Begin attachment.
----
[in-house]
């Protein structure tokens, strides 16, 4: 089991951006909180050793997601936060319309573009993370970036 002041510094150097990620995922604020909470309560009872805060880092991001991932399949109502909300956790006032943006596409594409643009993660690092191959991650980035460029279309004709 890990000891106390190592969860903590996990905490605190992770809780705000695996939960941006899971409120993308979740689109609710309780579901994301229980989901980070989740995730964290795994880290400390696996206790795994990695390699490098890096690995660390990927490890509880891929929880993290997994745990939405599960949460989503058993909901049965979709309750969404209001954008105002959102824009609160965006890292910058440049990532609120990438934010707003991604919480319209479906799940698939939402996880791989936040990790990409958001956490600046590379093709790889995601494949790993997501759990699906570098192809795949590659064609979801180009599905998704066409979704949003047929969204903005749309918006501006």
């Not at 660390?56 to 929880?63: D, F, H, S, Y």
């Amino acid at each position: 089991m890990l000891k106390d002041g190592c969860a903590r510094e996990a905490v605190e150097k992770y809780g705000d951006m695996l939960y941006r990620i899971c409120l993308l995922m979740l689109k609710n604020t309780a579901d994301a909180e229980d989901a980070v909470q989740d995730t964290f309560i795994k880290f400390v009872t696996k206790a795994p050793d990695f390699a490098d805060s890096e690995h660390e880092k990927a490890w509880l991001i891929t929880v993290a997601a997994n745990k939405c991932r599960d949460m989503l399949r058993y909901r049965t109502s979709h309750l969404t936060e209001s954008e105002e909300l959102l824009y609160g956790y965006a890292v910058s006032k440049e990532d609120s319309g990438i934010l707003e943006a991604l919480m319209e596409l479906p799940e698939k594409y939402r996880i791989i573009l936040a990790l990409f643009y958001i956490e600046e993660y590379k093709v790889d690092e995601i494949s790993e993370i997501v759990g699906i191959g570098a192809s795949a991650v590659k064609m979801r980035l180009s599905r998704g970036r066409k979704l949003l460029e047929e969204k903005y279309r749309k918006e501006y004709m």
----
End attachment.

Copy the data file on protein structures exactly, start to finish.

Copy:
[in-house]
């Protein structure tokens, strides 16, 4: 089991951006909180050793997601936060319309573009993370970036 002041510094150097990620995922604020909470309560009872805060880092991001991932399949109502909300956790006032943006596409594409643009993660690092191959991650980035460029279309004709 890990000891106390190592969860903590996990905490605190992770809780705000695996939960941006899971409120993308979740689109609710309780579901994301229980989901980070989740995730964290795994880290400390696996206790795994990695390699490098890096690995660390990927490890509880891929929880993290997994745990939405599960949460989503058993909901049965979709309750969404209001954008105002959102824009609160965006890292910058440049990532609120990438934010707003991604919480319209479906799940698939939402996880791989936040990790990409958001956490600046590379093709790889995601494949790993997501759990699906570098192809795949590659064609979801180009599905998704066409979704949003047929969204903005749309918006501006």
């Not at 660390?56 to 929880?63: D, F, H, S, Y």
């Amino acid at each position: 089991m890990l000891k106390d002041g190592c969860a903590r510094e996990a905490v605190e150097k992770y809780g705000d951006m695996l939960y941006r990620i899971c409120l993308l995922m979740l689109k609710n604020t309780a579901d994301a909180e229980d989901a980070v909470q989740d995730t964290f309560i795994k880290f400390v009872t696996k206790a795994p050793d990695f390699a490098d805060s890096e690995h660390e880092k990927a490890w509880l991001i891929t929880v993290a997601a997994n745990k939405c991932r599960d949460m989503l399949r058993y909901r049965t109502s979709h309750l969404t936060e209001s954008e105002e909300l959102l824009y609160g956790y965006a890292v910058s006032k440049e990532d609120s319309g990438i934010l707003e943006a991604l919480m319209e596409l479906p799940e698939k594409y939402r996880i791989i573009l936040a990790l990409f643009y958001i956490e600046e993660y590379k093709v790889d690092e995601i494949s790993e993370i997501v759990g699906i191959g570098a192809s795949a991650v590659k064609m979801r980035l180009s599905r998704g970036r066409k979704l949003l460029e047929e969204k903005y279309r749309k918006e501006y004709m």